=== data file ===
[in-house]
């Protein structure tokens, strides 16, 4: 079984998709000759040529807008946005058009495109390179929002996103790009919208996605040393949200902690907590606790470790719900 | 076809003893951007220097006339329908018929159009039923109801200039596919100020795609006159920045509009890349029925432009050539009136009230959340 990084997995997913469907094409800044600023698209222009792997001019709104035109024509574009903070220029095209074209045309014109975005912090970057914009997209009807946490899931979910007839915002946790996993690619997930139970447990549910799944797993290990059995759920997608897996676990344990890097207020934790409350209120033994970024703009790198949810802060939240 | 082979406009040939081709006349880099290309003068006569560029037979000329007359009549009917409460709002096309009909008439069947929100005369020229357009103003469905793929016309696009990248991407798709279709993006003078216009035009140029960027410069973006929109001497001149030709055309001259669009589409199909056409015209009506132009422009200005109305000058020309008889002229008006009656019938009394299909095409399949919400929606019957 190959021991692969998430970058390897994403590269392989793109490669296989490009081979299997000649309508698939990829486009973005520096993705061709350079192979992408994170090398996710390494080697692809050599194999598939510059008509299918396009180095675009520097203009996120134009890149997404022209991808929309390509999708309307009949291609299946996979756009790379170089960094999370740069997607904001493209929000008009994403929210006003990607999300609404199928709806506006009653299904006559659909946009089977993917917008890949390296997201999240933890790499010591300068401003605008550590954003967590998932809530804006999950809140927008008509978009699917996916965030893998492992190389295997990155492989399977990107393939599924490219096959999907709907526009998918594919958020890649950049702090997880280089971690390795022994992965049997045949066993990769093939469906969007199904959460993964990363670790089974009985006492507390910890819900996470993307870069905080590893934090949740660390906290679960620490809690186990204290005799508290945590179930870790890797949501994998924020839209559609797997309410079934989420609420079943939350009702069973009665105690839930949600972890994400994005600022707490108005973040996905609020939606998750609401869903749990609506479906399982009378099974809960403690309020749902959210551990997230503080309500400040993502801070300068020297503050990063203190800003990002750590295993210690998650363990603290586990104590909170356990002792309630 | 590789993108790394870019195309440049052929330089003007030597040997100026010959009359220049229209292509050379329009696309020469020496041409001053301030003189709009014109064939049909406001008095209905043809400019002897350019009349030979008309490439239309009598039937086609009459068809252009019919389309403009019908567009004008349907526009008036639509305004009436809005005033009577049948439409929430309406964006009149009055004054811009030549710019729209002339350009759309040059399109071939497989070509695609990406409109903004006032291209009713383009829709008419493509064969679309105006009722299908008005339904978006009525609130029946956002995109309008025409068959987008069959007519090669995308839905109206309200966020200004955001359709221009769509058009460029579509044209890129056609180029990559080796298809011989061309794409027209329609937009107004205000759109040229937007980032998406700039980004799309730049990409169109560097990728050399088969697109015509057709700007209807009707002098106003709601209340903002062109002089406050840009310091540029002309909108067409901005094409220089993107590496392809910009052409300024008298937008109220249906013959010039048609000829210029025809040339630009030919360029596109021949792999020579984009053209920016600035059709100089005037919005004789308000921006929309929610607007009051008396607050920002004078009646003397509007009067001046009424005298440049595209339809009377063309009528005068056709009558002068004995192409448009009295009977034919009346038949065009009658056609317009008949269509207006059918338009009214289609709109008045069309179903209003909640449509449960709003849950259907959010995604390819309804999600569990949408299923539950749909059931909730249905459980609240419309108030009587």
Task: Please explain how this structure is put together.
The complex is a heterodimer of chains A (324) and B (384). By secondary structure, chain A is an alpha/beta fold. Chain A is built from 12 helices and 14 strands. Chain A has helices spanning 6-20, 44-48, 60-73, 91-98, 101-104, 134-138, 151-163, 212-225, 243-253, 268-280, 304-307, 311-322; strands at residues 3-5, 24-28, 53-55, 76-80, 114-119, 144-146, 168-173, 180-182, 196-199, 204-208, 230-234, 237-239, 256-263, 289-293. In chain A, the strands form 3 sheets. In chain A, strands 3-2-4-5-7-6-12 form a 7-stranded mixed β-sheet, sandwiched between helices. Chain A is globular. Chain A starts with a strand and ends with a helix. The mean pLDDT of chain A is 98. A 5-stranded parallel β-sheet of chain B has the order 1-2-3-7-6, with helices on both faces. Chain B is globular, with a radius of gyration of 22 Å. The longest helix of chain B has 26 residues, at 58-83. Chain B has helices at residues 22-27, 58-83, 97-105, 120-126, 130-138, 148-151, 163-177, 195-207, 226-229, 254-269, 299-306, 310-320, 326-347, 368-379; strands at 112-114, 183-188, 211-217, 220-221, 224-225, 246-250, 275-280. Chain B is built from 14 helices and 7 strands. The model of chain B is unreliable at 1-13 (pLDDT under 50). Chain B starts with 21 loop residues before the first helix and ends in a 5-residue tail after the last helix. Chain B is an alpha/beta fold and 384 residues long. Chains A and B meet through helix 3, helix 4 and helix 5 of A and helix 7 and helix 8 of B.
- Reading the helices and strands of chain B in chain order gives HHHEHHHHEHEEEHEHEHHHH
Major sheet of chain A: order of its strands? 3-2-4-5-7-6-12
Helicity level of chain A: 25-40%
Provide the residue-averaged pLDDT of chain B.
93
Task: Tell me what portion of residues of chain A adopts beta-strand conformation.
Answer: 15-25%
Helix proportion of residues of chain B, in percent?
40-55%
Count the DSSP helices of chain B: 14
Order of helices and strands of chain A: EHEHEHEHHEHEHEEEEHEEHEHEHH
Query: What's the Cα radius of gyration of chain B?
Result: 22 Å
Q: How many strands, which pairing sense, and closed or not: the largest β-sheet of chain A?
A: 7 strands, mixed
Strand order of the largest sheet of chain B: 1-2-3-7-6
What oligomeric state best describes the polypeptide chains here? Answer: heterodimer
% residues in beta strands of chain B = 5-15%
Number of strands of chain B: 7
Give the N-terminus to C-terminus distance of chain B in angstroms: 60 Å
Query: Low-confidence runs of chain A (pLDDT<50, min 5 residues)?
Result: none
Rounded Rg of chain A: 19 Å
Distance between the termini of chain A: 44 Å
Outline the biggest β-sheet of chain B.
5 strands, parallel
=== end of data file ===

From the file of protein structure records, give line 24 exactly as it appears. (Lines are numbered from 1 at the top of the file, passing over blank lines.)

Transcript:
Give the N-terminus to C-terminus distance of chain B in angstroms: 60 Å